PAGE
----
The Houghton School has moved a couple steps closer to once again being filled with the sounds of children's voices, a milestone that would return the facility to its original mission and rejuvenate the Olde Town neighborhood.
Heritage Academy, a small Christian school with a focus on low-income children, announced Tuesday that the purchase of the facility is official. Director of Development Helen Morgan also announced that $1.7 million already has been donated to renovate the facility and allow it to hold classes in August. That includes $250,000 from the Boardman family, $500,000 from The Knox Foundation and $500,000 from the Morris Communications Foundation.
Gazing around the vacant, cavernous room with its bare floors and exposed walls, the young schoolchildren declared it was "awesome" and "wonderful."
Maegan McCraney, 8, is confident the old school will be "beautiful."
"I know it's going to be beautiful, but it's not done yet," she said.
Her classmate, Craig Watts, 8, agreed, calling the facility "awesome."
Currently, the school is housed at the old Curtis Baptist High School on Broad Street near Lake Olmstead. Heritage Academy began in 2001 with 10 pupils and has grown to 80 and added grades. When it moves to the old Houghton School, it will be the first time it has owned its facilities.
The move has been made possible through donations to the "Continuing the Heritage" capital campaign and 8,000 volunteer hours.
That shows that people "get it," that they understand the importance of investing in children, said Earnest Smith, a 12-year resident of Olde Town and vice president of its neighborhood association.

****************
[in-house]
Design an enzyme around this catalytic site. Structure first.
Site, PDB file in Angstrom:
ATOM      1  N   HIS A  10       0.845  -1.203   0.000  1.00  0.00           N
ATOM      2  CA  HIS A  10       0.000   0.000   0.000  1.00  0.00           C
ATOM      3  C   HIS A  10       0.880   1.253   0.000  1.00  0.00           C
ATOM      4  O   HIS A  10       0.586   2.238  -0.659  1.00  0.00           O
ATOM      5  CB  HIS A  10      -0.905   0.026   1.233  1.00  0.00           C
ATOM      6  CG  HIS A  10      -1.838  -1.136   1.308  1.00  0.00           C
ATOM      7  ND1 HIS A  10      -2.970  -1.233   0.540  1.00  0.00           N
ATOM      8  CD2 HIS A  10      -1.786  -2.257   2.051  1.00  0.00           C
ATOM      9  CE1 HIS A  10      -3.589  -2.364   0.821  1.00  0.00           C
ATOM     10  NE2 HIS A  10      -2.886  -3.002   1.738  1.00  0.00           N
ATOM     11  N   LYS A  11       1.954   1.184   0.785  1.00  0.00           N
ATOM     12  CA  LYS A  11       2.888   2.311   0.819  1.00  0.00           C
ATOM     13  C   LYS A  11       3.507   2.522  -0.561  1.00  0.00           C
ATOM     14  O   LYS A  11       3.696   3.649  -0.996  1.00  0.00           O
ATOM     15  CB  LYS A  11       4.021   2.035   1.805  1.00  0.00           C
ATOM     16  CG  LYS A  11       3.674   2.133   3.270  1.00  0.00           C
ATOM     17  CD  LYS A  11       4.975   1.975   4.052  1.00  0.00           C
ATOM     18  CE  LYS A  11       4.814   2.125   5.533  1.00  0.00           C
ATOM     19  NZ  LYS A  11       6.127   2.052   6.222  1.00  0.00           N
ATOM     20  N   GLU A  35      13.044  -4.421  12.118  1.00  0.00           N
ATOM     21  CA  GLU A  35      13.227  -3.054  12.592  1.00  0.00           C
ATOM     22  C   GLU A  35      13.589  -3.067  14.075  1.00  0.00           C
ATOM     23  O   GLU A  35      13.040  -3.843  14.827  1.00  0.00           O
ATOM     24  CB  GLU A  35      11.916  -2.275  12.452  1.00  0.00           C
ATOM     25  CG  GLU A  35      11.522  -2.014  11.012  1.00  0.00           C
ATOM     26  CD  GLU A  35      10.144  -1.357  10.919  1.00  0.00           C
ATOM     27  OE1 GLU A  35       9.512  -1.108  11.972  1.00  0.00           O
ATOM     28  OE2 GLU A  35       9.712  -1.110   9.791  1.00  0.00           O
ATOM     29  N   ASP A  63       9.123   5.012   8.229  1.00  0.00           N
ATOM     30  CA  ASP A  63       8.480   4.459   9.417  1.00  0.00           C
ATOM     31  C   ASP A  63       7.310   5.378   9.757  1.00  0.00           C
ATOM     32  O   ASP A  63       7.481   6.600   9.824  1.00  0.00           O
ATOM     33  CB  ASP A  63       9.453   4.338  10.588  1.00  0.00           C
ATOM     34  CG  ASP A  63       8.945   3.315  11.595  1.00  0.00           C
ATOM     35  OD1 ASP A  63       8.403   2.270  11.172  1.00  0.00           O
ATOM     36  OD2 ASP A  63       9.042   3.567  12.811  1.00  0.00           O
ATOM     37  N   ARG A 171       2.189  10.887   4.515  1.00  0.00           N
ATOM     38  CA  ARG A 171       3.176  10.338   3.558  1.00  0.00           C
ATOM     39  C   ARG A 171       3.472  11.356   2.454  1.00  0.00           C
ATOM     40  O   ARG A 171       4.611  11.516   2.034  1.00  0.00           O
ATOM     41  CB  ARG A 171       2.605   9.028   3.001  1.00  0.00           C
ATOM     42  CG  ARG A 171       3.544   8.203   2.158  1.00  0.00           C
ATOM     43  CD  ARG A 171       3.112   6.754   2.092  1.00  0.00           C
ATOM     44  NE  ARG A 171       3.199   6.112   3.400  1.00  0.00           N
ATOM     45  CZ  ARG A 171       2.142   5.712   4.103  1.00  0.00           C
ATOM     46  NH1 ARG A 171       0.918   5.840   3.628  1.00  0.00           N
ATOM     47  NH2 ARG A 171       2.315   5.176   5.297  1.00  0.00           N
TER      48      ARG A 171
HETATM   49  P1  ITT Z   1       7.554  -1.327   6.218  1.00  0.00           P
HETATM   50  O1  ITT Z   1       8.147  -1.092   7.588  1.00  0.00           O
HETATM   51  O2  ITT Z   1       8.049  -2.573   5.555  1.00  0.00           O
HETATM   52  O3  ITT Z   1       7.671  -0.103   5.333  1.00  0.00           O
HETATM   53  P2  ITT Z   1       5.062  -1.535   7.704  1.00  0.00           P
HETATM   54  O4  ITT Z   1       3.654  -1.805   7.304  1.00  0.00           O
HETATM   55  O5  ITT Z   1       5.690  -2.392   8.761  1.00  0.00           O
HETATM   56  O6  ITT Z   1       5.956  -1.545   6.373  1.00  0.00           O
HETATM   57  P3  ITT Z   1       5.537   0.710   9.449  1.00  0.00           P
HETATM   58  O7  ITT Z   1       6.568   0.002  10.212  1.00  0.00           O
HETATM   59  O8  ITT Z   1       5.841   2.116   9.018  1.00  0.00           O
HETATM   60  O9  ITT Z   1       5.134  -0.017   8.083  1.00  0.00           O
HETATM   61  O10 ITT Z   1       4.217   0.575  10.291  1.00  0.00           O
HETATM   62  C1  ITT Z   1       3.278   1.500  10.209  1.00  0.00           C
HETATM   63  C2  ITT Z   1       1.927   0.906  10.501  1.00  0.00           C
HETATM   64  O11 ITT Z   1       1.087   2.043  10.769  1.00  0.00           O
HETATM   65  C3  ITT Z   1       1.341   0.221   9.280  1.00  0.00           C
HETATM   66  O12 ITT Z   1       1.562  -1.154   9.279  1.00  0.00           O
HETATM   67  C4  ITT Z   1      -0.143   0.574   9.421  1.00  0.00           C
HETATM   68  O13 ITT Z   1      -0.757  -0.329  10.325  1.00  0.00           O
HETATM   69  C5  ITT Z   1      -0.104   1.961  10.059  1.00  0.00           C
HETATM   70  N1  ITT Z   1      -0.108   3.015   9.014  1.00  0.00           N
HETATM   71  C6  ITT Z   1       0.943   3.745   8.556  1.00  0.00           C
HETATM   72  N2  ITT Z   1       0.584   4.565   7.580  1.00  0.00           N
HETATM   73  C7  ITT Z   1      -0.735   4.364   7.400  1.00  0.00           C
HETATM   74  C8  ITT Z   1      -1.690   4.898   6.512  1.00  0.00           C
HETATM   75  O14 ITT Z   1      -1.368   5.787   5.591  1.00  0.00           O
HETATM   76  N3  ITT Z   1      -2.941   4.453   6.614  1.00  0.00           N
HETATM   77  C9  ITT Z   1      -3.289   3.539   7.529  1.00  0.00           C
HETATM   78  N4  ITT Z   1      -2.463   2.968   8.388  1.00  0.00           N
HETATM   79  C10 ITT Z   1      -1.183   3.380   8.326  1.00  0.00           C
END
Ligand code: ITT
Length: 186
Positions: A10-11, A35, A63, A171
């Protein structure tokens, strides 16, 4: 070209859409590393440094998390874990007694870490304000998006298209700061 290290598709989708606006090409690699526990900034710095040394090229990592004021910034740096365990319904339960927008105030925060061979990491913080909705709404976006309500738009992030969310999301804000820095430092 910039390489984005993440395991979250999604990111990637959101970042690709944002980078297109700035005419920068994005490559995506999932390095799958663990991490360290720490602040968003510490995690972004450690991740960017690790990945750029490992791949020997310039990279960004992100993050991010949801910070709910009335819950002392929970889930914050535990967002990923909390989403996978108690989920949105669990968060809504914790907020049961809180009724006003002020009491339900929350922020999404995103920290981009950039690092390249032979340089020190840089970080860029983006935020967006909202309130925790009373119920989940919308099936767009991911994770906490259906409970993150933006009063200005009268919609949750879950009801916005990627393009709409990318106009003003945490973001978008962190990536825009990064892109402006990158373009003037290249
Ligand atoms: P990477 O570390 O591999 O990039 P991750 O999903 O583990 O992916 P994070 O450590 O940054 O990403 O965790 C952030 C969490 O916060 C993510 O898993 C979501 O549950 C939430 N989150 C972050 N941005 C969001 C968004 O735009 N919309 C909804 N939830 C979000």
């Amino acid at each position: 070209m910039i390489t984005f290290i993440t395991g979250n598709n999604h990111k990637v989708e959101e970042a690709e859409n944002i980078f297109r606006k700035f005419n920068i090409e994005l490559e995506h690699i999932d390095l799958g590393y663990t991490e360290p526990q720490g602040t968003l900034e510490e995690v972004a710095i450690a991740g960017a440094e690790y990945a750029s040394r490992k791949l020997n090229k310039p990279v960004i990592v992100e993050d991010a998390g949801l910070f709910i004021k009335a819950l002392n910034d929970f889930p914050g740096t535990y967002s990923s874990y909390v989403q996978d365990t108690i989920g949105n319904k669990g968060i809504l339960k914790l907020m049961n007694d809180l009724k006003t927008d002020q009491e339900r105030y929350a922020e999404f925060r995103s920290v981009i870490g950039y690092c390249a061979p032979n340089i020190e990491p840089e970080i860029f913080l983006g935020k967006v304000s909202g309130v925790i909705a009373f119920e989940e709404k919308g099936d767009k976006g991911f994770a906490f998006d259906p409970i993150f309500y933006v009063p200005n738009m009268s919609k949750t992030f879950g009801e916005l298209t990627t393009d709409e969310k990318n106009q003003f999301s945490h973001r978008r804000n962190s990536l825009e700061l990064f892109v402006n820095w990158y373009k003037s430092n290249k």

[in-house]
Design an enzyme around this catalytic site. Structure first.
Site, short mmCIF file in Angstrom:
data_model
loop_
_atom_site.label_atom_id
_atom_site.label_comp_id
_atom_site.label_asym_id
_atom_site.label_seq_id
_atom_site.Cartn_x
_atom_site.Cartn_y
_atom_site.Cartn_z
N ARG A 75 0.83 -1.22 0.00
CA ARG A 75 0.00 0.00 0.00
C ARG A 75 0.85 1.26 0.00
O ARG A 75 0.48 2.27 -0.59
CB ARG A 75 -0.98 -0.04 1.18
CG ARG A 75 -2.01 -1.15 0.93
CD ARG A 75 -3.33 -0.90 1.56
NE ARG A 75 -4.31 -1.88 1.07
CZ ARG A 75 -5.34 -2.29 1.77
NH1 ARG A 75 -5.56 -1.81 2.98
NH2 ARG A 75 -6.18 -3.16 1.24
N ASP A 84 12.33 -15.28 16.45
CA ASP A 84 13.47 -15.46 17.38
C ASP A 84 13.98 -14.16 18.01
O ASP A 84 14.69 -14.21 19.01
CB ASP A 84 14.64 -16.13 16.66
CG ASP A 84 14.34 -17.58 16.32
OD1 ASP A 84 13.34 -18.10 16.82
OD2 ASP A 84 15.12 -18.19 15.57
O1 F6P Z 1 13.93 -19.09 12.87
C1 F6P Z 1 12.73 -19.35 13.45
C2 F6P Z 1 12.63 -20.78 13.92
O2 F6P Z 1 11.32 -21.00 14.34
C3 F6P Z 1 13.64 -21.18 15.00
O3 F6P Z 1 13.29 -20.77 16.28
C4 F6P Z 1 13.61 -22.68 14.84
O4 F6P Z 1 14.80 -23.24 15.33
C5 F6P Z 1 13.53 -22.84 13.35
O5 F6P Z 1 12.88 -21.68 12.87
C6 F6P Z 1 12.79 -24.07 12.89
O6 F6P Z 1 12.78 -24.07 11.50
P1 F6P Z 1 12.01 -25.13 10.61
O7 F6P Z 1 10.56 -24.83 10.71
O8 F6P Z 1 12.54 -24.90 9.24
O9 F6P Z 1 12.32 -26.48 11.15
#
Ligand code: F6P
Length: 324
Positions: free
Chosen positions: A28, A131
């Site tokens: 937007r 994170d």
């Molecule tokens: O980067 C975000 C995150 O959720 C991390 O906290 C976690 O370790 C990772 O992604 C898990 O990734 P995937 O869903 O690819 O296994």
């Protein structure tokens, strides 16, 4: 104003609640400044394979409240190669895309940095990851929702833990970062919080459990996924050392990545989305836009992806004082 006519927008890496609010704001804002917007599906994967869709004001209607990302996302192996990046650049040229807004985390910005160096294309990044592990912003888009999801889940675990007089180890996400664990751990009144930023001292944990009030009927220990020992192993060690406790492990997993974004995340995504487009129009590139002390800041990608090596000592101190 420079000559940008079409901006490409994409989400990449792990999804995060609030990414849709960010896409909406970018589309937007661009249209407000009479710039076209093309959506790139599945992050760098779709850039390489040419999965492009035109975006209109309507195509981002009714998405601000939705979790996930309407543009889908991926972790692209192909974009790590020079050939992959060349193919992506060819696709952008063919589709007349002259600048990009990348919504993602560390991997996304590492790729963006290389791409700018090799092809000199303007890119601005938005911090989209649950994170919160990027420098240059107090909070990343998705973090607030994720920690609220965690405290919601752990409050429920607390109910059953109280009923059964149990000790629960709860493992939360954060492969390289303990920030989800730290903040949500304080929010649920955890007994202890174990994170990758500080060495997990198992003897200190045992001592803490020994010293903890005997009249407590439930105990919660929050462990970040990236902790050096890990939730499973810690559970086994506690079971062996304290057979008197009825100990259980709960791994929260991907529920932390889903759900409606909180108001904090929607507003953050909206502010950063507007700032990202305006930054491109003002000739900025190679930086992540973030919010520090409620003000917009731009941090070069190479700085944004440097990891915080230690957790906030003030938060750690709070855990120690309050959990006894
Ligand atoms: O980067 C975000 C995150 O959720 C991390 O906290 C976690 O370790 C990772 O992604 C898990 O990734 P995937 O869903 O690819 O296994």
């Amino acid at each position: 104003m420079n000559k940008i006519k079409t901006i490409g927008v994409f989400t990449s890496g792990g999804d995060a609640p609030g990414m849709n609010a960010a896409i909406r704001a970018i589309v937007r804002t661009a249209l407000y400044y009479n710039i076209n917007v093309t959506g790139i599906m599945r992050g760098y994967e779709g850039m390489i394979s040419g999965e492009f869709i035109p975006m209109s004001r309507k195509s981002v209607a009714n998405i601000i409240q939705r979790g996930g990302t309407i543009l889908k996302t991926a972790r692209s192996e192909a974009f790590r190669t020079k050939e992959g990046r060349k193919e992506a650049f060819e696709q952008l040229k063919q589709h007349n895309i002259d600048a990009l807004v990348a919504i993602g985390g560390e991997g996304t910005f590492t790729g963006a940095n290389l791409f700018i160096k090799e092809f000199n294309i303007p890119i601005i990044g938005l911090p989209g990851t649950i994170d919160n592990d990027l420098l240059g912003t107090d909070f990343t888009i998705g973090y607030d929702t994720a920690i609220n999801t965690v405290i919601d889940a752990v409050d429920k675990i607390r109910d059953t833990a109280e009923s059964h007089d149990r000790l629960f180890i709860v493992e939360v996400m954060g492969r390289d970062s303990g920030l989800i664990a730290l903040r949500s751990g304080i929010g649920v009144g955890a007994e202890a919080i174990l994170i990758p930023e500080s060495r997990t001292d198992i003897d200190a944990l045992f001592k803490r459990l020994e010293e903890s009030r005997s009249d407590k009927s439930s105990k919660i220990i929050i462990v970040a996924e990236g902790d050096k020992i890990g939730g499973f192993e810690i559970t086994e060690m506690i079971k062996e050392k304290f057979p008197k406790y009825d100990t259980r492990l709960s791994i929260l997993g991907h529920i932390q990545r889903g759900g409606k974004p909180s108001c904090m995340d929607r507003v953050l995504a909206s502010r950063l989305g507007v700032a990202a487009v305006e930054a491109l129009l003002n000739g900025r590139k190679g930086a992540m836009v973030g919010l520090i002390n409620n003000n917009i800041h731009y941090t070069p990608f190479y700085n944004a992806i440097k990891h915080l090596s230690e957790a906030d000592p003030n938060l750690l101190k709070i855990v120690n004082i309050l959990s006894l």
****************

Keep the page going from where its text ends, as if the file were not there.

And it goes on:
"You can't have a community without children," he said.
Heritage Academy Executive Director Linda Tucciarone said the education of children is something everyone can support, noting that Augusta has played a "significant" role in education with Ware High School, the first black public high school in the South after reconstruction, and schools such as the Academy of Richmond County and Tubman Junior High, an all-girls school.
"I want our children to have the feeling they are stepping into the flow of history," she said.
Mr. Smith welcomed Heritage Academy to his neighborhood, seeing it as a springboard for the community.
"With the building that is going on all around this and with the economic development that is happening in Augusta, we can probably see this region as being one of the jewels of Augusta," he said.
The Houghton School opened in 1853 and was built to educate low-income children in a time before public schools. It burned during the fire of 1916 and was moved to its current location at 333 Greene St., until it closed in 2000.
School, city and neighborhood officials said they are excited about the school's reopening.
"It's not just talk that a new day is coming," Dr. Tucciarone said. "It has started. It is here."
Reach Greg Gelpi at (706) 828-3851 or firstname.lastname@example.org.
WAYS TO GIVE
Heritage Academy will continue to need gifts of time and money if it is to hold class in the old Houghton School in August. To donate or volunteer, call Heritage Academy at (706) 733-2980. The school is also looking to preserve memories of Houghton and is asking anyone with memorabilia to contact the school as well.